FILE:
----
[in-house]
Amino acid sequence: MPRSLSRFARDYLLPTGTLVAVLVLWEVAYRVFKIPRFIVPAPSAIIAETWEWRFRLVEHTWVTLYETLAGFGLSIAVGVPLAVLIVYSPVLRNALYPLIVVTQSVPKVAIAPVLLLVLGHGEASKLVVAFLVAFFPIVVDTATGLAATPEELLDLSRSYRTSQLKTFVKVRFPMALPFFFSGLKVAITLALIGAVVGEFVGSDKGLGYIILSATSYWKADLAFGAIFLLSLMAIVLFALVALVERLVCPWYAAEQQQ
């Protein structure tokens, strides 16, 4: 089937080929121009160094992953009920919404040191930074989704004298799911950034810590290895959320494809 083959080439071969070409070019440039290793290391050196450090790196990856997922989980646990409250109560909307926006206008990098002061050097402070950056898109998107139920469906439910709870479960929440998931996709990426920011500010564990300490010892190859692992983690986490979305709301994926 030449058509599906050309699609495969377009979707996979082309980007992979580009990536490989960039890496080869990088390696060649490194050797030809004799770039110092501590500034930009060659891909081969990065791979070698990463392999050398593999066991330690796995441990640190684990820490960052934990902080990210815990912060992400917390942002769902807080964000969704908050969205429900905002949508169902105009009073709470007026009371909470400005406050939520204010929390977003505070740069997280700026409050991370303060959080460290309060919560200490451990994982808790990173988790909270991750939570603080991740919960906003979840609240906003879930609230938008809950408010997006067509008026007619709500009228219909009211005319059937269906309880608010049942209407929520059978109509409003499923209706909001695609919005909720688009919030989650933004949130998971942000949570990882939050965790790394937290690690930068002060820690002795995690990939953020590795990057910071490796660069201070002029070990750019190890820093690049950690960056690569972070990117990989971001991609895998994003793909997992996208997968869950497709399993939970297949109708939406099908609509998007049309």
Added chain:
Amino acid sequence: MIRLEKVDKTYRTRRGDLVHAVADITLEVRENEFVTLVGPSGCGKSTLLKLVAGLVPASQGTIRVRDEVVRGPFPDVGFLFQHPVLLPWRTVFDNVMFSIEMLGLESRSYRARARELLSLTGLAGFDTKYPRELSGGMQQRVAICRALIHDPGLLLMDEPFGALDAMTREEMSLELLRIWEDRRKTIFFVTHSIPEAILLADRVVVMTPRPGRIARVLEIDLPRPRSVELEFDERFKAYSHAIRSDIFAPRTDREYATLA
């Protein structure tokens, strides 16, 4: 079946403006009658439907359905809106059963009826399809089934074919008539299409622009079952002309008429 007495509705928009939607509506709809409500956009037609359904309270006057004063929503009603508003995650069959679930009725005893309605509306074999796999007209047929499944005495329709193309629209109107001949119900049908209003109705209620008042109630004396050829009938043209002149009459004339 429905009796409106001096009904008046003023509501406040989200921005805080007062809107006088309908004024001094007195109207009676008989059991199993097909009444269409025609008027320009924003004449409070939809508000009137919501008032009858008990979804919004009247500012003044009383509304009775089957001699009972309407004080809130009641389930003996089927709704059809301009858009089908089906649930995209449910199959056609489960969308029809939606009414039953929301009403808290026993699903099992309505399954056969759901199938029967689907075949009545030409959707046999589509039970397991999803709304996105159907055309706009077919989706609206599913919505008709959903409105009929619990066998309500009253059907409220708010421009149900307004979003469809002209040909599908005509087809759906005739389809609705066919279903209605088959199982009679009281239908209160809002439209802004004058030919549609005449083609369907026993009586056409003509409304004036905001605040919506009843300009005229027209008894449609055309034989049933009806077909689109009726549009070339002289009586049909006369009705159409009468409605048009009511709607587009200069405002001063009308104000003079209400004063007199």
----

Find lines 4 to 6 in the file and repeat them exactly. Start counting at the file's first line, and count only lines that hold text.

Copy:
Added chain:
Amino acid sequence: MIRLEKVDKTYRTRRGDLVHAVADITLEVRENEFVTLVGPSGCGKSTLLKLVAGLVPASQGTIRVRDEVVRGPFPDVGFLFQHPVLLPWRTVFDNVMFSIEMLGLESRSYRARARELLSLTGLAGFDTKYPRELSGGMQQRVAICRALIHDPGLLLMDEPFGALDAMTREEMSLELLRIWEDRRKTIFFVTHSIPEAILLADRVVVMTPRPGRIARVLEIDLPRPRSVELEFDERFKAYSHAIRSDIFAPRTDREYATLA
């Protein structure tokens, strides 16, 4: 079946403006009658439907359905809106059963009826399809089934074919008539299409622009079952002309008429 007495509705928009939607509506709809409500956009037609359904309270006057004063929503009603508003995650069959679930009725005893309605509306074999796999007209047929499944005495329709193309629209109107001949119900049908209003109705209620008042109630004396050829009938043209002149009459004339 429905009796409106001096009904008046003023509501406040989200921005805080007062809107006088309908004024001094007195109207009676008989059991199993097909009444269409025609008027320009924003004449409070939809508000009137919501008032009858008990979804919004009247500012003044009383509304009775089957001699009972309407004080809130009641389930003996089927709704059809301009858009089908089906649930995209449910199959056609489960969308029809939606009414039953929301009403808290026993699903099992309505399954056969759901199938029967689907075949009545030409959707046999589509039970397991999803709304996105159907055309706009077919989706609206599913919505008709959903409105009929619990066998309500009253059907409220708010421009149900307004979003469809002209040909599908005509087809759906005739389809609705066919279903209605088959199982009679009281239908209160809002439209802004004058030919549609005449083609369907026993009586056409003509409304004036905001605040919506009843300009005229027209008894449609055309034989049933009806077909689109009726549009070339002289009586049909006369009705159409009468409605048009009511709607587009200069405002001063009308104000003079209400004063007199």